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    Sebright Arms / Lucky Chip

    Sebright Arms / Lucky Chip

    The bar is busy. The tables are full. The backroom is heaving and buoyant. Welcome to the Sebright Arms, dimly light and vivacious. We arrive from Soho at the fading of a sun drenched afternoon - four pubs, six pints, four hours. Three and a half miles later, bellies demanding meat and bread and barley, we bundle over the threshold. A table is found, pale beers ordered, burger menus devoured by hungry eyes. It's a young crowd, an old ...

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    A King and a Prince

    A Prince Amongst Beers

    It's not every day that you get the chance to try a beer that's older than you are. Last Saturday night I opened a bottle that was just that; I opened a beer that was older than me, so that’s over twenty five, give or take the odd ten years. In fact it was a lot older than me, more than twice my age. It was brewed in 1929 in fact, so that’s 83 years old. A mate ...

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    Build A Rocket Boys!

    Build A Rocket Boys! by Elbow & Robinsons

    Elbow are the kings of soaring melancholy, masters of poetic northern introspection.  Let Elbow's albums flow over you and you can be mesmerised by their beauty alone. Put in the time to listen, to soak up the poignancy, the humour, the extraordinary manifestations of the ordinary and their albums become life affirming tributes to the everyday. Conversely, it's quite easy to stick an Elbow album on and realise thirty lethargic minutes later that time - and ...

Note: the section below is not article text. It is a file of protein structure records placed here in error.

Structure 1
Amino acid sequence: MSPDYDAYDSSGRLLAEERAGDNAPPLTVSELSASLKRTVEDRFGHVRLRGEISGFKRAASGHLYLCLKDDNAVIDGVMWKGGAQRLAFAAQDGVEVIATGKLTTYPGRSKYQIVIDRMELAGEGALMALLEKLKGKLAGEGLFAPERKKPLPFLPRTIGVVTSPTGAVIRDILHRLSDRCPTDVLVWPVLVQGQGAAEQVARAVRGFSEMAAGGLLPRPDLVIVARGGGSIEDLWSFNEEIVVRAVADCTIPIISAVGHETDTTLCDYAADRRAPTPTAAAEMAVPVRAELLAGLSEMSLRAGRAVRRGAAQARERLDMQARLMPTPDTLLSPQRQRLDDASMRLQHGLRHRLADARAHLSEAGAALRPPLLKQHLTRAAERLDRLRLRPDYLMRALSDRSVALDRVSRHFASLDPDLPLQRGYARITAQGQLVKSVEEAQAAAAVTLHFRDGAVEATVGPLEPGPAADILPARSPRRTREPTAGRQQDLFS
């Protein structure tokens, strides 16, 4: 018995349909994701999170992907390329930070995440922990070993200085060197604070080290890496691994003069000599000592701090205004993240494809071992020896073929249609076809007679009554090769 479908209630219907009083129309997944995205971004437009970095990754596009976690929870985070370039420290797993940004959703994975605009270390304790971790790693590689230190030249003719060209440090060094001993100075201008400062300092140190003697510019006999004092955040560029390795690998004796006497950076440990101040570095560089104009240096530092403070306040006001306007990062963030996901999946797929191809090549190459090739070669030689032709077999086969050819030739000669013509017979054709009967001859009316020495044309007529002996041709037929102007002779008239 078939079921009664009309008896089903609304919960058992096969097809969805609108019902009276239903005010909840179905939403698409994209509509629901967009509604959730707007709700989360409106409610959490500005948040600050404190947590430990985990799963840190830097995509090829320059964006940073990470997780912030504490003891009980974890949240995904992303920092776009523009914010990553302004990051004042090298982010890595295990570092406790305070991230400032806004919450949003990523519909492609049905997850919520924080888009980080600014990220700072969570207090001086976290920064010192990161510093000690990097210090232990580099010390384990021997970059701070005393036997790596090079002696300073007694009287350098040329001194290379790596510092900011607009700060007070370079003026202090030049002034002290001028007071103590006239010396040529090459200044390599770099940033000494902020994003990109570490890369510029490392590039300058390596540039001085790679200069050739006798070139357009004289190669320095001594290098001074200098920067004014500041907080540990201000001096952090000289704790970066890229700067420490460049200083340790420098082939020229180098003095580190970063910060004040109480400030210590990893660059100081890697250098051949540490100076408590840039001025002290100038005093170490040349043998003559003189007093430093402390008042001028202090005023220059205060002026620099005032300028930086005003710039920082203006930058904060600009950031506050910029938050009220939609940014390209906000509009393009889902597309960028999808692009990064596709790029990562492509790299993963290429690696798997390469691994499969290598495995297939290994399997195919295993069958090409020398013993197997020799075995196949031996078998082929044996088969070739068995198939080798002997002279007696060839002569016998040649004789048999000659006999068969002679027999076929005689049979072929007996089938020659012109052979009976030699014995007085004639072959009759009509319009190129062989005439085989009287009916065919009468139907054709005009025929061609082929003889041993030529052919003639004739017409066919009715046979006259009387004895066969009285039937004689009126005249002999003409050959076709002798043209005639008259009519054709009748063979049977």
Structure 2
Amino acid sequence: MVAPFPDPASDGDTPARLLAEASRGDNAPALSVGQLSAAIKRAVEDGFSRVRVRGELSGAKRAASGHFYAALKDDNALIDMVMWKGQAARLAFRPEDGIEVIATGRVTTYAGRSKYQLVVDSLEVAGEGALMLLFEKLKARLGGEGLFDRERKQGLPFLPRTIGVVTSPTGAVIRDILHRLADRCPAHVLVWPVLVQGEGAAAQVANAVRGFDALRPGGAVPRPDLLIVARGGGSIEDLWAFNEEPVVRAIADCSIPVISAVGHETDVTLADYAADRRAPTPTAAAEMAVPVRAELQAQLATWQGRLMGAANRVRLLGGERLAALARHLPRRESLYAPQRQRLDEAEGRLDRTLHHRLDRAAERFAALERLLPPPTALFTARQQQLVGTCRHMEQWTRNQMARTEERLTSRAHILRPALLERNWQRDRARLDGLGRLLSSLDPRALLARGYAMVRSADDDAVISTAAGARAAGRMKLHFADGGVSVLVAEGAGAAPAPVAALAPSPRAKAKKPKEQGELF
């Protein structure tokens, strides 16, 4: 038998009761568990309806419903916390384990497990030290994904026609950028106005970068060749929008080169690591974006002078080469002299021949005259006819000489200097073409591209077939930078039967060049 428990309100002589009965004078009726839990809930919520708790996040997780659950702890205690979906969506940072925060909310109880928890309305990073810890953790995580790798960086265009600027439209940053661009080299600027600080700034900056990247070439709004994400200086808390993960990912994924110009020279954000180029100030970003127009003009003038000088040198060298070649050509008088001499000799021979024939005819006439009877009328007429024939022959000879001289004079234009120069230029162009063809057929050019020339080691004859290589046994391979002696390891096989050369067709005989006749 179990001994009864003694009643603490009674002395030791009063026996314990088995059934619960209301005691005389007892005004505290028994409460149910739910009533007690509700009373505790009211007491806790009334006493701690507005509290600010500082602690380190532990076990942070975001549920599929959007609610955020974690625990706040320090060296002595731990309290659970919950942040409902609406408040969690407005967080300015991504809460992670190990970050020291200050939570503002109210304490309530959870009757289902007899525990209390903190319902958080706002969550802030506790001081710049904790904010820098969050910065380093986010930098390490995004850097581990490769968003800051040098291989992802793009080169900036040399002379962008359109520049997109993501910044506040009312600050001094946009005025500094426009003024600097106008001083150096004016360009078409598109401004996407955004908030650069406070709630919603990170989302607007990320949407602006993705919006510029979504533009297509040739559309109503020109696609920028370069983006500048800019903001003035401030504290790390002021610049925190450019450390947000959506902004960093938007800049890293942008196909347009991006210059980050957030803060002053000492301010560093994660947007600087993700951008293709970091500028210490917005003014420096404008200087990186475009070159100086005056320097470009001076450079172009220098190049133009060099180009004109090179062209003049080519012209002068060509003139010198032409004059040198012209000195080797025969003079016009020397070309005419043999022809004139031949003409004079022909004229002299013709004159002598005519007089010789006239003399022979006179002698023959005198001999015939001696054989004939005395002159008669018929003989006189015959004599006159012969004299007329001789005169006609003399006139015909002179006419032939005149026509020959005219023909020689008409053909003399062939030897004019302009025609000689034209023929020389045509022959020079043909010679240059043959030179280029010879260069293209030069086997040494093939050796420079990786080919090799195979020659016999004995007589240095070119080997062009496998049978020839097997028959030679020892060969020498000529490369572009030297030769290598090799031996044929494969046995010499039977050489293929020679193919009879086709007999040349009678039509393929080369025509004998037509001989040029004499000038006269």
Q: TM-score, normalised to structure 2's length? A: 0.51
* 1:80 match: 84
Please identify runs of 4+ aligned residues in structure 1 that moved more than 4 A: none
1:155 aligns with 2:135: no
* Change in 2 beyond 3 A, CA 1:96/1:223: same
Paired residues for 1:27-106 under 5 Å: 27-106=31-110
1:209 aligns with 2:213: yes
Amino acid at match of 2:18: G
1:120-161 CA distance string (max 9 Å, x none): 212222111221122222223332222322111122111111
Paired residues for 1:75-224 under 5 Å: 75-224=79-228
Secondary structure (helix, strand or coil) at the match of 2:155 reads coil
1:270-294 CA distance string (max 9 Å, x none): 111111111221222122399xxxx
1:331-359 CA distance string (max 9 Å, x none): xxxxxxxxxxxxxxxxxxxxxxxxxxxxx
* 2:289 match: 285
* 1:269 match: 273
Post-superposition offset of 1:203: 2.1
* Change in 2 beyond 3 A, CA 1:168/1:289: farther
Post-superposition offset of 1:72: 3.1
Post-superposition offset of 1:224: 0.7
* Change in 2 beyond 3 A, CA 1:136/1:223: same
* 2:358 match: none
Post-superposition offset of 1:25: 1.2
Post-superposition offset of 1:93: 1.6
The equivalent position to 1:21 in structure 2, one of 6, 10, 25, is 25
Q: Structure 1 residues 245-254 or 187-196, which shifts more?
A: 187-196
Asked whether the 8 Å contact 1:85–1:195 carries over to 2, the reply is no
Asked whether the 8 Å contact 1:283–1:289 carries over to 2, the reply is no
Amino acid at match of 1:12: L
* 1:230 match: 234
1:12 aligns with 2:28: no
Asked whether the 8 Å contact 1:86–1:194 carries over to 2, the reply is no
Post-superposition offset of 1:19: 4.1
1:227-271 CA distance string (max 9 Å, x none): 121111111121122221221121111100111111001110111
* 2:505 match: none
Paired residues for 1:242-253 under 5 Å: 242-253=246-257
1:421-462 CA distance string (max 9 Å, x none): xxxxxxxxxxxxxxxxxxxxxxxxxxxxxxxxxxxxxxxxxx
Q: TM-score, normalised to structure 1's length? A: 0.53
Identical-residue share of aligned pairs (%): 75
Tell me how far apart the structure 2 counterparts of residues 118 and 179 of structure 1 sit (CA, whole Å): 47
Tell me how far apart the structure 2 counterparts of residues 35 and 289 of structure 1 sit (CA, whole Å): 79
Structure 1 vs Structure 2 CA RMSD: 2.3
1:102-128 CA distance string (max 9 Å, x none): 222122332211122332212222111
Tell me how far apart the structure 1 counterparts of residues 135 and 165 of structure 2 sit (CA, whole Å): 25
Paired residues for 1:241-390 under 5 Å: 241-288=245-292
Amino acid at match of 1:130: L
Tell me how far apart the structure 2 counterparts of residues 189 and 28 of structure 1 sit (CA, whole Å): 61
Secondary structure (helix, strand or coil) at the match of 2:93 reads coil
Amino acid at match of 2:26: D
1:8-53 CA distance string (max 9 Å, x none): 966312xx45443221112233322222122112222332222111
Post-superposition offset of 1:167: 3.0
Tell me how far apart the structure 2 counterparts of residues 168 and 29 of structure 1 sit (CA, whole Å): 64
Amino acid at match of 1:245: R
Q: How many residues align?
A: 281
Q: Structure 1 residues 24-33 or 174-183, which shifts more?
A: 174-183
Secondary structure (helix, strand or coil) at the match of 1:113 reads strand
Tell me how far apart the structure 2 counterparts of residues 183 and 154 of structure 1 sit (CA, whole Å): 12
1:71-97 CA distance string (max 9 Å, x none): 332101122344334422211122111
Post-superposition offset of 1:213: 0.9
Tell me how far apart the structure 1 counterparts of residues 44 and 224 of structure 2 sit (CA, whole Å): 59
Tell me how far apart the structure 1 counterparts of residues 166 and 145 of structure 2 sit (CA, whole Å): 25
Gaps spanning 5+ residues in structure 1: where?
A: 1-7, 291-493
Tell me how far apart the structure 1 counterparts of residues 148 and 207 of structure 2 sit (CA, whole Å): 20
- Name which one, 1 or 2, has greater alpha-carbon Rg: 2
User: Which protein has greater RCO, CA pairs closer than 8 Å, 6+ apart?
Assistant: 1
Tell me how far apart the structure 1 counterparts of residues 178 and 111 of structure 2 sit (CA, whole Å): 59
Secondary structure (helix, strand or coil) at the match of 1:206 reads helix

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    Man shed!

    Readers Pubs

    At the first pub there's a piano in the window but no one to play it. The seats are filled with ghosts. A long pew is adorned with individually wrapped cushions, resembling a bum-friendly box of Mr Kipling cakes. It's quiet, the fireplace glows warm and friendly, everything is cosy and snug. Welcome to Pete's Retreat. "We'll be at home here, let's get a pint." Much as we could stay forever we've a long crawl ahead ...

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    De Struise Pannepot 2008